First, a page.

Mikey Hamm
Oct 27, 2016 · 4 min read

Glig 8:2


Glig and Mahani cowered behind a boulder so small it would likely lose the title if dusted off by a stiff breeze. Meanwhile, death pelted the dirt all around them. Hurled stones cracked against each other. Arrows screamed by their heads. Glig pulled the hood of his Impervious Cloak up and wrapped it around him and Mahani.


“We gotta run! We gotta get out of here!”

Glig felt a rock shatter against his back. He winced. The cloak absorbed most of the impact, but it wouldn’t be enough if a rock hit anything structural, like his skull. Another rock hit the cloak, then something smaller but way more powerful. An arrow probably. He winced again.

“Breep,” he said.

“What? Why not? Glig we’re gonna die out here.”

But Glig knew they couldn’t run. They were panicked, and the first opening they spotted as they came out from behind the cloak would be the exact place the kobolds would want them to go. It was like flushing marsh fowl. This whole canyon was one big trap. Each time they had thought they were doubling back they were being guided deeper into it. The kobolds probably had a way of blocking off whole paths, opening up new ones. Clever creatures like these weren’t going to be checkmated by a pair of squawking morons running away in terror. The only marsh fowl that ever got away were the ones that did something totally unexpected.


“Marsh fowl?” What — “

Glig looked down at Mahani’s glove. “Breep?”

“What? Glig I don’t— “


“Well, yeah, probably, but — ”


“I don’t know. Pretty big I guess.” Something cracked against them, and Mahani winced this time. “Glig! Come on, we gotta — ”

“Breep?” Glig clarified.

This time Mahani got it. “Yeah. Yeah, I can do that. But I need to see the sky to make it happen. And — “ Something started pelting against the cloak, this time lightly, like rain drops. Skittering, eight-legged raindrops.

Dozens of palm-sized, clear-bodied rock spiders crawled in underneath the hem of the cloak, looking for someplace dark.

Glig squawked, tossed off the skittering cloak, and ran like a moron, trying to outrun a trail of rocks and arrows and confused spiders, ending up thirty feet away, trying to take cover behind an even smaller boulder than the one he had strategically abandoned. An arrow sliced past his neck. Something hit him in the hip. Two rocks collided mid-air, inches from his face, prolonging his life against all probability. Even so, Glig was fairly certain that without the cloak and with this terrible new boulder, he would be dead or at least dying in the next six to twelve seconds.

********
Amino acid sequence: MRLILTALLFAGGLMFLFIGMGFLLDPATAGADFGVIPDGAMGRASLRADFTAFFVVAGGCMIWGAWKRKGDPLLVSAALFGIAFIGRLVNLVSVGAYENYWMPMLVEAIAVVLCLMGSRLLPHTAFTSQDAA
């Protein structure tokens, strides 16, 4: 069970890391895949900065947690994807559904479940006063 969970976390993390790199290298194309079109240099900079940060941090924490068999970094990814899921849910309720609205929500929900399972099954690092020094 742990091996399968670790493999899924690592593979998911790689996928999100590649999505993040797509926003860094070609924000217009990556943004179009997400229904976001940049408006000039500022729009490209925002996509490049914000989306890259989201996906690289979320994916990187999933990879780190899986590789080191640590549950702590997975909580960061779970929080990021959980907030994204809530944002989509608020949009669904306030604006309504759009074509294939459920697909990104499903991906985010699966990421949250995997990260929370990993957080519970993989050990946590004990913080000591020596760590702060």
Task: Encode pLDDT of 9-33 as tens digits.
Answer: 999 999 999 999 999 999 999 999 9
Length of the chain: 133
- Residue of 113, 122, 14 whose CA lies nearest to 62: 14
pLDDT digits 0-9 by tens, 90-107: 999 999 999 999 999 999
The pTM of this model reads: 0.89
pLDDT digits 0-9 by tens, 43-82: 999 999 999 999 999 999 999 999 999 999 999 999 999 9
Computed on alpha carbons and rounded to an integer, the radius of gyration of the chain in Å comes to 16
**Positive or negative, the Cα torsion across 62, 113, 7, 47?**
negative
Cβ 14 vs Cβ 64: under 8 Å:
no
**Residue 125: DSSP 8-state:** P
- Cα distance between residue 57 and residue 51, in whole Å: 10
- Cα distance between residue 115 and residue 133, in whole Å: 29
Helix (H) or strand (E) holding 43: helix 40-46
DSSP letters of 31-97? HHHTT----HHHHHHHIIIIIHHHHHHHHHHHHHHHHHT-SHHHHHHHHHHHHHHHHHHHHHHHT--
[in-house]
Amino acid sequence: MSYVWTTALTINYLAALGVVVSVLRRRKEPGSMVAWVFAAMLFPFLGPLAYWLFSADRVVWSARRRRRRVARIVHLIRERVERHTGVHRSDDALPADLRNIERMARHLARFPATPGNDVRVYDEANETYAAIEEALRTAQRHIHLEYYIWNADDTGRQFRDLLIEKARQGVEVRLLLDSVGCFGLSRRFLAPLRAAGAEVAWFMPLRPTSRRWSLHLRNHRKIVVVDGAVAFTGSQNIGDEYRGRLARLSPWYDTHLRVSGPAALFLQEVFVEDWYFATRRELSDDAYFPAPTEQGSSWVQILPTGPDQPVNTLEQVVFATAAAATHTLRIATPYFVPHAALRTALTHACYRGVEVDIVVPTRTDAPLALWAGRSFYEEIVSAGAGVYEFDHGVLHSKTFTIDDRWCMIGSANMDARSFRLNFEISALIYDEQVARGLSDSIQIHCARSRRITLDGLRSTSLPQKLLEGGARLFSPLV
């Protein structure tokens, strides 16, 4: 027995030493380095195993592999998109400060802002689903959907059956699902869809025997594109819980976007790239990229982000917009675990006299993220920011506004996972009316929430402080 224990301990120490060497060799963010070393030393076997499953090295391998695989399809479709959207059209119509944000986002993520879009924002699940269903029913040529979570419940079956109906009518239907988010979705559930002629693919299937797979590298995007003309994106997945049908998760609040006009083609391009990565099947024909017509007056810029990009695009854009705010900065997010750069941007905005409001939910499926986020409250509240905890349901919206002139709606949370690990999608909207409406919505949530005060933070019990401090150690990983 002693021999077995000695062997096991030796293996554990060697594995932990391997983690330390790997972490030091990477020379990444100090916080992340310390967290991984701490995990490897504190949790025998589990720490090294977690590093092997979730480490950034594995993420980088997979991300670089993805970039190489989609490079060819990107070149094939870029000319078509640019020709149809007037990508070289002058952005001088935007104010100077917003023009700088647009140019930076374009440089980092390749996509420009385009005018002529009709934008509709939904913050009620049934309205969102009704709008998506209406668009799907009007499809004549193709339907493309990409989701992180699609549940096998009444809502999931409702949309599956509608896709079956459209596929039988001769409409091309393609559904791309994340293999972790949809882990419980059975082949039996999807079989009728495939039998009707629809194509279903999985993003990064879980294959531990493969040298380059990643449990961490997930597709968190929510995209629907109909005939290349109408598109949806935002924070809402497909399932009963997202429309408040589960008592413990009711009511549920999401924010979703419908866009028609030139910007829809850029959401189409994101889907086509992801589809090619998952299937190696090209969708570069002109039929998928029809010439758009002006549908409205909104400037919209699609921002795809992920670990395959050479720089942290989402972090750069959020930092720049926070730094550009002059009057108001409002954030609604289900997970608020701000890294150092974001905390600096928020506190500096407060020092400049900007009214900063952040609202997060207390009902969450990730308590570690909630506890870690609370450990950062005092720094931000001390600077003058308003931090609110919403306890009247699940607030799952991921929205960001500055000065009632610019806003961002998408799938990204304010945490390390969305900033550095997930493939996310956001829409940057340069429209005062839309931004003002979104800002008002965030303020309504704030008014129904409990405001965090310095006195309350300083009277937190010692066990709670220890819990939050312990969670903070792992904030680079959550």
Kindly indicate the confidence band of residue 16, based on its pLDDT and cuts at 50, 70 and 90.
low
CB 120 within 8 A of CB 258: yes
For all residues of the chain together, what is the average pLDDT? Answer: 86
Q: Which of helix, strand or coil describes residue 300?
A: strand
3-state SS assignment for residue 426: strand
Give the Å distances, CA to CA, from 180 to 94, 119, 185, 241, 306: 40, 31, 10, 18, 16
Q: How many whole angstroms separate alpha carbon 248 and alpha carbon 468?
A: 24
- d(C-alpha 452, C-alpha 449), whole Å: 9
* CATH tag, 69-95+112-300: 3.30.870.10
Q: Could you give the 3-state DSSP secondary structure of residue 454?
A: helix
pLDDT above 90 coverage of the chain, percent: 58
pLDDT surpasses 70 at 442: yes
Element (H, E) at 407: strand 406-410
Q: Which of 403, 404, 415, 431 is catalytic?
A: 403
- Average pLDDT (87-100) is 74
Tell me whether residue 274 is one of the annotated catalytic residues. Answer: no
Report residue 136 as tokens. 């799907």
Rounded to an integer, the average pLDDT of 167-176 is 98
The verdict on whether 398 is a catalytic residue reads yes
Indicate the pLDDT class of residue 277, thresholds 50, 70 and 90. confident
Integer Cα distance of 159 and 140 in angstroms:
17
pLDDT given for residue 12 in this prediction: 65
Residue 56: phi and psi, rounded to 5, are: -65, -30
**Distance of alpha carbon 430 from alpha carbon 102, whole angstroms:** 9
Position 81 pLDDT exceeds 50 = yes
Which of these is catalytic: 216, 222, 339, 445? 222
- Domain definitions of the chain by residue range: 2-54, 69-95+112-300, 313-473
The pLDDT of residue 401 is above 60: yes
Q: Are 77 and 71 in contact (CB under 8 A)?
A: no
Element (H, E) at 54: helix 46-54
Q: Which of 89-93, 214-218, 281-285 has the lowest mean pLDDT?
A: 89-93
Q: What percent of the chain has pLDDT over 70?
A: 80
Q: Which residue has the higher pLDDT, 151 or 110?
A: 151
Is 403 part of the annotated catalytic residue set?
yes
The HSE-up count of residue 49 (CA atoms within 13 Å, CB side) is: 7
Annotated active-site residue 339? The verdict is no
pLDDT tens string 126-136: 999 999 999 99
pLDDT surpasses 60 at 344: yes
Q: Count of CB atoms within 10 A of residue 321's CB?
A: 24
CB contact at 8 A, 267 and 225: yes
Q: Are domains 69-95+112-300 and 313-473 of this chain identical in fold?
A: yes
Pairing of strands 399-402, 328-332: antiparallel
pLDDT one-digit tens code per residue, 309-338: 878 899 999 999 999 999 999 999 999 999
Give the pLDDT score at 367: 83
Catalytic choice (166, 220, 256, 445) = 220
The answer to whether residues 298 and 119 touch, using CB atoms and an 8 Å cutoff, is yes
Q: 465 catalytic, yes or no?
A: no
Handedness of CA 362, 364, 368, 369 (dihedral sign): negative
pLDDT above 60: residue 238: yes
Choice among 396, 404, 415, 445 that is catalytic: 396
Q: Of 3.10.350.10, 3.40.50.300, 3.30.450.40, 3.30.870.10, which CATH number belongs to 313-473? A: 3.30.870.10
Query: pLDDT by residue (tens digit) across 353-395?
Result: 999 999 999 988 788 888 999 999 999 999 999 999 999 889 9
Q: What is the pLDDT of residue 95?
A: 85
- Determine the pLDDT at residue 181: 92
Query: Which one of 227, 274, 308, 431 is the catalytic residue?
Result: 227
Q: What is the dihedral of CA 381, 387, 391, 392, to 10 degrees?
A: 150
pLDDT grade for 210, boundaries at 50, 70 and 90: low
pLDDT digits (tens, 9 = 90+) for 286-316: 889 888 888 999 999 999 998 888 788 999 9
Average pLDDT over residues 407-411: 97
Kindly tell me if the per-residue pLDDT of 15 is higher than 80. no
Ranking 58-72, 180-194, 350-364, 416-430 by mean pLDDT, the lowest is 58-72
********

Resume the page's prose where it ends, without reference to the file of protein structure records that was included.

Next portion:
He peaked up to see Mahani behind her boulder — had it always been so large? — ducking as an arrow splintered against it, casually brushing away a couple dozen spiders as if they were dried leaves. She had pulled the cloak over herself, her glove already glowing white hot, her gaze already fixed on a small piece of sky peaking out from behind mesas and canyon walls. She was concentrating, lost in thought and mouthing the occasional word, as if she was having a conversation inside her head, a conversation with the sky. She seemed too focused to notice much else, including the team of kobolds on the ledge above her, hauling over large, overfilled cauldrons.

“Breeep!!” Glig sprang up from behind his precious boulder and sprinted towards Mahani through a shower of projectiles, breeping, ignoring something that hit him in the ankle, ignoring something that him in the back, just hoping he could get to Mahani in time to knock her out of the splashzone. But he couldn’t. A waterfall of beige goop crashed over them both.

They both laid there on the dirt, shocked, sputtering, crawling back behind the boulder while desperately wiping the thick slime from their eyes, waiting for it melt their skin off or something. But it didn’t. They were fine.

Mahani licked her lip and tasted some of the harmless tan goop. “It tastes sweet.”

“Breep?” asked Glig.

Her eyes went wide. “Worse,” she said. “It’s batter.”

They looked up just in time to see the mouth of the second cauldron angle towards them, spilling out gallons of hot, bubbling fry oil.

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Glig was brought here by a Summoner, who died before sending him back. Now he has to get home.

Mikey Hamm

Written by

Psionic crocodiles, 80s-style horror, and teens with rayguns. Written and illustrated by me. www.mikeyhamm.com



Glig was brought here by a Summoner, who died before sending him back. Now he has to get home.

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